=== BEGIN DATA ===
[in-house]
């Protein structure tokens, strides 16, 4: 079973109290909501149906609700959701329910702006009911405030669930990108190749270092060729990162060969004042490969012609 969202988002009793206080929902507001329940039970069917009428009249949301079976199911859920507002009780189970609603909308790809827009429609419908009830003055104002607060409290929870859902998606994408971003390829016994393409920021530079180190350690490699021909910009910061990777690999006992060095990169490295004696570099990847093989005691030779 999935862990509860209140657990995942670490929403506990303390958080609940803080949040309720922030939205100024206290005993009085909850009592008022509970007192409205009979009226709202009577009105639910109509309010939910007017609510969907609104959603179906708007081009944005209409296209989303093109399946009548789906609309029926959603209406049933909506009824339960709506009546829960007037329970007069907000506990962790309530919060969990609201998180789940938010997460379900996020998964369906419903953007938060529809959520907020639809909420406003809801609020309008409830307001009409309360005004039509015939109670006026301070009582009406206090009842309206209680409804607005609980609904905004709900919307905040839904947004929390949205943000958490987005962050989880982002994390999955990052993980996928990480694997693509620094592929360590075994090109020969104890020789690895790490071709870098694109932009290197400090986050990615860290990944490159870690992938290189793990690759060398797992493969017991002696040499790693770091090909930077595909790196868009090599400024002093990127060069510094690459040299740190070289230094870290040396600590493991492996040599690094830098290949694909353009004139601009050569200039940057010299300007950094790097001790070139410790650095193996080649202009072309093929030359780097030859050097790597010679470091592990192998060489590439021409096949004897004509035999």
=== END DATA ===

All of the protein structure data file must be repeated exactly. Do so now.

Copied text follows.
[in-house]
């Protein structure tokens, strides 16, 4: 079973109290909501149906609700959701329910702006009911405030669930990108190749270092060729990162060969004042490969012609 969202988002009793206080929902507001329940039970069917009428009249949301079976199911859920507002009780189970609603909308790809827009429609419908009830003055104002607060409290929870859902998606994408971003390829016994393409920021530079180190350690490699021909910009910061990777690999006992060095990169490295004696570099990847093989005691030779 999935862990509860209140657990995942670490929403506990303390958080609940803080949040309720922030939205100024206290005993009085909850009592008022509970007192409205009979009226709202009577009105639910109509309010939910007017609510969907609104959603179906708007081009944005209409296209989303093109399946009548789906609309029926959603209406049933909506009824339960709506009546829960007037329970007069907000506990962790309530919060969990609201998180789940938010997460379900996020998964369906419903953007938060529809959520907020639809909420406003809801609020309008409830307001009409309360005004039509015939109670006026301070009582009406206090009842309206209680409804607005609980609904905004709900919307905040839904947004929390949205943000958490987005962050989880982002994390999955990052993980996928990480694997693509620094592929360590075994090109020969104890020789690895790490071709870098694109932009290197400090986050990615860290990944490159870690992938290189793990690759060398797992493969017991002696040499790693770091090909930077595909790196868009090599400024002093990127060069510094690459040299740190070289230094870290040396600590493991492996040599690094830098290949694909353009004139601009050569200039940057010299300007950094790097001790070139410790650095193996080649202009072309093929030359780097030859050097790597010679470091592990192998060489590439021409096949004897004509035999």